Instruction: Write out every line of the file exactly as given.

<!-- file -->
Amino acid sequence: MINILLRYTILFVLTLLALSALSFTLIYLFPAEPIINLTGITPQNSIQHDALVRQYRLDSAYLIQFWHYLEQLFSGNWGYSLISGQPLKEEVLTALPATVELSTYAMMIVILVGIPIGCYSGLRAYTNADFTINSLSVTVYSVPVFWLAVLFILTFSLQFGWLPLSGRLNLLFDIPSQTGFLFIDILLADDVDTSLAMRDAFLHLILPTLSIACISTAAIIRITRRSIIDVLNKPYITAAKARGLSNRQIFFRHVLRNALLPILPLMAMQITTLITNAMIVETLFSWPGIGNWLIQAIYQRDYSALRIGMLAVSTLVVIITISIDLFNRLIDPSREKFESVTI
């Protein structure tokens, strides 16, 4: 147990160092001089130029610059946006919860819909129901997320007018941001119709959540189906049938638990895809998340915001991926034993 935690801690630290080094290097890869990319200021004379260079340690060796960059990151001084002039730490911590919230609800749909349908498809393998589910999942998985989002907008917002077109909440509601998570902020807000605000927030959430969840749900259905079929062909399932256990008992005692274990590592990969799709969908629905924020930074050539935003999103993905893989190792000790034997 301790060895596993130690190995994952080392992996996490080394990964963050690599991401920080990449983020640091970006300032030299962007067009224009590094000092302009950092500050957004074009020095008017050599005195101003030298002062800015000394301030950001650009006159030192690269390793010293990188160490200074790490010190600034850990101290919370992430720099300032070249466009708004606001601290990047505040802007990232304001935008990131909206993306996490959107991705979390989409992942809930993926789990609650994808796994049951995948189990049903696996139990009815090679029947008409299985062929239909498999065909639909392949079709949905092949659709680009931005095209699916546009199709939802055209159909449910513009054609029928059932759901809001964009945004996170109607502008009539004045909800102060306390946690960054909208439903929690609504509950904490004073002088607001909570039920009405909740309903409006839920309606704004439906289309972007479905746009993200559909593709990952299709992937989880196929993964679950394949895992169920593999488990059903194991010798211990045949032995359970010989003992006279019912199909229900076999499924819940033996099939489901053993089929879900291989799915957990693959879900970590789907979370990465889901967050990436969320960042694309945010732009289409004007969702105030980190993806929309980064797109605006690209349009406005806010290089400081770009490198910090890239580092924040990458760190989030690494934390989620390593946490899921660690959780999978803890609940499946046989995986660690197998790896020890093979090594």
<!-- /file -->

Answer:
Amino acid sequence: MINILLRYTILFVLTLLALSALSFTLIYLFPAEPIINLTGITPQNSIQHDALVRQYRLDSAYLIQFWHYLEQLFSGNWGYSLISGQPLKEEVLTALPATVELSTYAMMIVILVGIPIGCYSGLRAYTNADFTINSLSVTVYSVPVFWLAVLFILTFSLQFGWLPLSGRLNLLFDIPSQTGFLFIDILLADDVDTSLAMRDAFLHLILPTLSIACISTAAIIRITRRSIIDVLNKPYITAAKARGLSNRQIFFRHVLRNALLPILPLMAMQITTLITNAMIVETLFSWPGIGNWLIQAIYQRDYSALRIGMLAVSTLVVIITISIDLFNRLIDPSREKFESVTI
């Protein structure tokens, strides 16, 4: 147990160092001089130029610059946006919860819909129901997320007018941001119709959540189906049938638990895809998340915001991926034993 935690801690630290080094290097890869990319200021004379260079340690060796960059990151001084002039730490911590919230609800749909349908498809393998589910999942998985989002907008917002077109909440509601998570902020807000605000927030959430969840749900259905079929062909399932256990008992005692274990590592990969799709969908629905924020930074050539935003999103993905893989190792000790034997 301790060895596993130690190995994952080392992996996490080394990964963050690599991401920080990449983020640091970006300032030299962007067009224009590094000092302009950092500050957004074009020095008017050599005195101003030298002062800015000394301030950001650009006159030192690269390793010293990188160490200074790490010190600034850990101290919370992430720099300032070249466009708004606001601290990047505040802007990232304001935008990131909206993306996490959107991705979390989409992942809930993926789990609650994808796994049951995948189990049903696996139990009815090679029947008409299985062929239909498999065909639909392949079709949905092949659709680009931005095209699916546009199709939802055209159909449910513009054609029928059932759901809001964009945004996170109607502008009539004045909800102060306390946690960054909208439903929690609504509950904490004073002088607001909570039920009405909740309903409006839920309606704004439906289309972007479905746009993200559909593709990952299709992937989880196929993964679950394949895992169920593999488990059903194991010798211990045949032995359970010989003992006279019912199909229900076999499924819940033996099939489901053993089929879900291989799915957990693959879900970590789907979370990465889901967050990436969320960042694309945010732009289409004007969702105030980190993806929309980064797109605006690209349009406005806010290089400081770009490198910090890239580092924040990458760190989030690494934390989620390593946490899921660690959780999978803890609940499946046989995986660690197998790896020890093979090594």